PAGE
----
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Voucher-Funded Seattle Candidates Relied More on Constituents than on Non-Constituent Donors

Early evidence shows public financing vouchers that enable all voters to participate in campaign giving encourages candidates to focus more on constituents than on faraway donors.

June 1, 2018

This month Seattle passed an unusual per-employee “head tax” on high-grossing businesses to help the city fight homelessness. It was just the latest example of how Seattle has embraced the role Supreme Court Justice Louis Brandeis envisioned for states and cities to act as “laboratories of democracy” in America’s federalist system.

In another bold experiment, Seattle last November held the first elections in the country where candidates had the option to fund their campaigns with democracy vouchers. Evidence shows that the new program is already giving Seattleites — rather than deep-pocketed outsiders — greater influence over their city’s elections.

Democracy vouchers are a form of public campaign financing. The city gives every voter registered in Seattle four vouchers worth $25 each. Voters can assign their vouchers to any candidate that opts in to the program. To participate, candidates must abide by spending limits and prove their support in the community by raising a certain number of $10 contributions. The program was partially rolled out in the 2017 elections, when candidates for three city offices were able to collect vouchers for the first time.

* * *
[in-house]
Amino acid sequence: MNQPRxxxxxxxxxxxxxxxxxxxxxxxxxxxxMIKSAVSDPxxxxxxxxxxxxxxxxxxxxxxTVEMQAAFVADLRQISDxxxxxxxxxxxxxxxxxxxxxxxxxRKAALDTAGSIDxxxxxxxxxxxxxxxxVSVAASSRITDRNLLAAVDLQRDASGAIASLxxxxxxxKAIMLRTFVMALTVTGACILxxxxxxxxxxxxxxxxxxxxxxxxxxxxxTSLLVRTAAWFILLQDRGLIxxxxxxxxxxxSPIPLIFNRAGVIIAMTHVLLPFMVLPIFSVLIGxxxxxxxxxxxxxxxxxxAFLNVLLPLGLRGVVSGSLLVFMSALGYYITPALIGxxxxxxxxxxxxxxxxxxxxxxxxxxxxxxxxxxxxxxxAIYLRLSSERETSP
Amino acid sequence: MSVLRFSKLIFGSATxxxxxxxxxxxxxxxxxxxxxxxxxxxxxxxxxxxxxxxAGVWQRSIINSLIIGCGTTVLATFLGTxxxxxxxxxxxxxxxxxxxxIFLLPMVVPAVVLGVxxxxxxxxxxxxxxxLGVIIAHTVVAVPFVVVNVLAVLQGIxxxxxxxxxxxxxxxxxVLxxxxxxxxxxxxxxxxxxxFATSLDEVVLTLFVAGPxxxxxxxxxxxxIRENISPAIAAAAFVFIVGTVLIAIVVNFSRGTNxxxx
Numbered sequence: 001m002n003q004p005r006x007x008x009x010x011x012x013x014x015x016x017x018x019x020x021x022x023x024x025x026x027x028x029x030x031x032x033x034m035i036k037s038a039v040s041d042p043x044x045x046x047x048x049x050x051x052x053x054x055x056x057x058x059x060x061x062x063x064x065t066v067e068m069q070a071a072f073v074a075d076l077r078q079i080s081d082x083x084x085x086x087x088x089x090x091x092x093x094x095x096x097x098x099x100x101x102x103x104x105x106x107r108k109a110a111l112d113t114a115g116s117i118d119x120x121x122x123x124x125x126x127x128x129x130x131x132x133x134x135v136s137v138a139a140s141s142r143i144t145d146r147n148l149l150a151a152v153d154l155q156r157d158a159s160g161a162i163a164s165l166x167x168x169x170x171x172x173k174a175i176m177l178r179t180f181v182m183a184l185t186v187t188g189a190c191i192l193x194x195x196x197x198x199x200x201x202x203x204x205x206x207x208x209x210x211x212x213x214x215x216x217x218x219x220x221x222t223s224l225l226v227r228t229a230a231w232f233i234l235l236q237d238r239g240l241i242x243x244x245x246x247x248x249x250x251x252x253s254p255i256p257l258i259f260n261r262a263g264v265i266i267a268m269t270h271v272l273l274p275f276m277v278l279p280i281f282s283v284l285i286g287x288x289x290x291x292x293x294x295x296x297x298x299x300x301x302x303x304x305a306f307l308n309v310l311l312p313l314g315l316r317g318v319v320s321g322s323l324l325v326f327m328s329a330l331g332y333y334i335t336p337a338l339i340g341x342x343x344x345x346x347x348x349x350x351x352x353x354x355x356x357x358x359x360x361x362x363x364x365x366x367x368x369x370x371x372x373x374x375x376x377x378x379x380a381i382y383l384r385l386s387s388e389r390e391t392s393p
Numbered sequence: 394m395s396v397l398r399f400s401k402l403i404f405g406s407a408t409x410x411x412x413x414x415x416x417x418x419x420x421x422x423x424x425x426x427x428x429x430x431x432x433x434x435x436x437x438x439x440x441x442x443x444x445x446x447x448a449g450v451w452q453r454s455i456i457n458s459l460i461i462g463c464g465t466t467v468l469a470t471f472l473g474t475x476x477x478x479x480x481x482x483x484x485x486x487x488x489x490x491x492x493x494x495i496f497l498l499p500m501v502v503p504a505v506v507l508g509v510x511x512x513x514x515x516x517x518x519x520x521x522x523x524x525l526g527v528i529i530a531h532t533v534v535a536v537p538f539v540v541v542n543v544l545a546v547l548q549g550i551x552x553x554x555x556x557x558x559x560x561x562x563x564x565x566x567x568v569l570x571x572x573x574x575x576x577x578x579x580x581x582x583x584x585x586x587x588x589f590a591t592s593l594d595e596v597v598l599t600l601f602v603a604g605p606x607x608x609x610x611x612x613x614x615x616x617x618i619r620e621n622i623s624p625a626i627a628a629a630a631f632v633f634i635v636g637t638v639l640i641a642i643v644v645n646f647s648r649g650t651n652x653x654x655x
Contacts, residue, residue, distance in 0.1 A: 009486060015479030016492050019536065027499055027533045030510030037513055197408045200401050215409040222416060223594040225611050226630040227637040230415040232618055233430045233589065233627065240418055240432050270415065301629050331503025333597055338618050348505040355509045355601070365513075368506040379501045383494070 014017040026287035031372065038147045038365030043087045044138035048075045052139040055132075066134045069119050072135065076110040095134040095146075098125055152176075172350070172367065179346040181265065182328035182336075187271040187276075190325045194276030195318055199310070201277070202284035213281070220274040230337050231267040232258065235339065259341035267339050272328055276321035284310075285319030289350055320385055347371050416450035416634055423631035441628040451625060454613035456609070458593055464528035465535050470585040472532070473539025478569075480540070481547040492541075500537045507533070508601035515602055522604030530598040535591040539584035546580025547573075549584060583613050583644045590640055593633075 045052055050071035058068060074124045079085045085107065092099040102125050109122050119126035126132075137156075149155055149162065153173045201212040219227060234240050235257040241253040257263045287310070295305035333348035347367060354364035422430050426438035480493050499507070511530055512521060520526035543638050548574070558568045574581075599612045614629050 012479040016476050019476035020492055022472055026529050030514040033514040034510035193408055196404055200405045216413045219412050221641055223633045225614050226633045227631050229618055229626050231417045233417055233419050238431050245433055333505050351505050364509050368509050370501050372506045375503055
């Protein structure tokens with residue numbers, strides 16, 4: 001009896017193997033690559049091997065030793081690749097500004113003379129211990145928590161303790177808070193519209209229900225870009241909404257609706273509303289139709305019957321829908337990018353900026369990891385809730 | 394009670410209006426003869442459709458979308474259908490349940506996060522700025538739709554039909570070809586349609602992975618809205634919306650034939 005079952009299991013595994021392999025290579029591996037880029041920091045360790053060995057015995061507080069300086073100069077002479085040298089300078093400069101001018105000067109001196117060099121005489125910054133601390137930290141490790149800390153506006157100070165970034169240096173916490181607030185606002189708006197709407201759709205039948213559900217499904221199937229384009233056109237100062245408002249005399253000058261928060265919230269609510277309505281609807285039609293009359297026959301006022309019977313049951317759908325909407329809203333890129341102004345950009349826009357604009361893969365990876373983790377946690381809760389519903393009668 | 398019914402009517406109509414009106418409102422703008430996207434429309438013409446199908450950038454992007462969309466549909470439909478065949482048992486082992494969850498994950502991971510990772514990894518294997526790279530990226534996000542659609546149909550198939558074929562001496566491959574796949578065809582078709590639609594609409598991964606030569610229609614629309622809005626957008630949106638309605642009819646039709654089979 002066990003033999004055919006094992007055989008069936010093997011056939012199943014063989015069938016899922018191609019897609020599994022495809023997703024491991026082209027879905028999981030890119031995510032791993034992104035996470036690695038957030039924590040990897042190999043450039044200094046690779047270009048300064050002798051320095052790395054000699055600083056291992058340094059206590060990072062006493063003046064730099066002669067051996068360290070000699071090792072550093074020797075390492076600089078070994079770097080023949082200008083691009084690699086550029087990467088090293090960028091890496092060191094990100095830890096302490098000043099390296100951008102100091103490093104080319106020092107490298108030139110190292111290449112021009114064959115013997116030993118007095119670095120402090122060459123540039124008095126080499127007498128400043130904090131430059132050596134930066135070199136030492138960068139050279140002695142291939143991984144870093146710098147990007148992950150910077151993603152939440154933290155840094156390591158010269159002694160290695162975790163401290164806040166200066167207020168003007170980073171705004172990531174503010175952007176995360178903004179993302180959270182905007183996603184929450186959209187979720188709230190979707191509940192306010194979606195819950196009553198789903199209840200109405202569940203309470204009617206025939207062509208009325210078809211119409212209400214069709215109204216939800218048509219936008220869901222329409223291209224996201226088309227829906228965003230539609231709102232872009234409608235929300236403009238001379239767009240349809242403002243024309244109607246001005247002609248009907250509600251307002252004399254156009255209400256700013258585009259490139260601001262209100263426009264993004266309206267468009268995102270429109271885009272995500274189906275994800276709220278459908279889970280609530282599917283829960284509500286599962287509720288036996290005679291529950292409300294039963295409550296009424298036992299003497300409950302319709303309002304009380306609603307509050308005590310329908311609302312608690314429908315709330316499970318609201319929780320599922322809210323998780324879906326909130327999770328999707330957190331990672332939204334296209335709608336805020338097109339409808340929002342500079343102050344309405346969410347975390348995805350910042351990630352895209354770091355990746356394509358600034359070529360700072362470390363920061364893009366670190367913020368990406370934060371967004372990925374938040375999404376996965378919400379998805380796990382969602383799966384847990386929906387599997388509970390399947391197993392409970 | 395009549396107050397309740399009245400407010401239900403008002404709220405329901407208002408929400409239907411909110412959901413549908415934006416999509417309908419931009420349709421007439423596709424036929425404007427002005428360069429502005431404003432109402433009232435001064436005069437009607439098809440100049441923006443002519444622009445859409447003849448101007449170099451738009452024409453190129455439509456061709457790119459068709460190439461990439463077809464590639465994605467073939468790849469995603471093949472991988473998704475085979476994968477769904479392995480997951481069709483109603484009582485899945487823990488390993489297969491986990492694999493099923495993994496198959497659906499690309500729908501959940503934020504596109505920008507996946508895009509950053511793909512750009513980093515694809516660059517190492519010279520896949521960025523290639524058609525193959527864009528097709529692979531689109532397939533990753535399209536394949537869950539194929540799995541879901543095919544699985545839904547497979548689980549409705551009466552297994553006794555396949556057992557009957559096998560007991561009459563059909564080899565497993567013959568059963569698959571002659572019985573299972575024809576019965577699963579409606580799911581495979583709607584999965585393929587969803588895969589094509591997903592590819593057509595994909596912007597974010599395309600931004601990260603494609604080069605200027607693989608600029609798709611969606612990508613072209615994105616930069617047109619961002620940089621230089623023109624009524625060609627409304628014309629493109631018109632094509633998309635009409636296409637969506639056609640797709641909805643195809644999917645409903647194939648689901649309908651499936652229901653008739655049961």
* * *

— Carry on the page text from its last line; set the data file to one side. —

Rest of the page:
A new study by Free Speech for People found that candidates who participated in the voucher program raised significantly more of their money from Seattle residents, as compared to  privately-financed candidates in 2017 and in 2015. Across all the candidates in the general elections for the two voucher-eligible city council seats, participants in 2017 raised 93 percent of their funds from Seattle residents. This share was up significantly from elections for the same seats in 2015, when candidates — including some of the same individuals — together raised only 76 percent of their funding from city residents. The trend held true for different offices, incumbents, and challengers.

The study is necessarily small, since only a handful of candidates have yet participated in the new voucher program. But it adds to the body of evidence about the democracy-enhancing benefits of vouchers, and points the way toward further research.

Prior studies have found that Seattle’s voucher donors are more likely to be women, people of color, and lower income-earners than traditional private-money donors. The Seattle Ethics and Elections Commission showed that the program increased the number of contributors who hailed from Seattle.  And the program has created an entirely new set of donors: a remarkable 90 percent of voucher users had never before donated to a city candidate.

These results are consistent with studies that have shown how other forms of public funding can make elected officials more accountable to average constituents, rather than the biggest donors. America’s laboratories of democracy have the potential to discover new ways for campaign finance systems to achieve a more representative government. The Brennan Center encourages scholars to continue to study Seattle’s experiment.

Ian Vandewalker is a Senior Counsel at the Brennan Center, focusing on campaign finance reform.


Purchasing Power: The Conversation

This post is part of the special series designed to provide well-informed commentary, fresh questions, and new answers about the facts of money in politics. Dive in to 'Purchasing Power: The Conversation’ here. 

The views expressed by blog contributors are the authors’ own and not necessarily the views of the Brennan Center.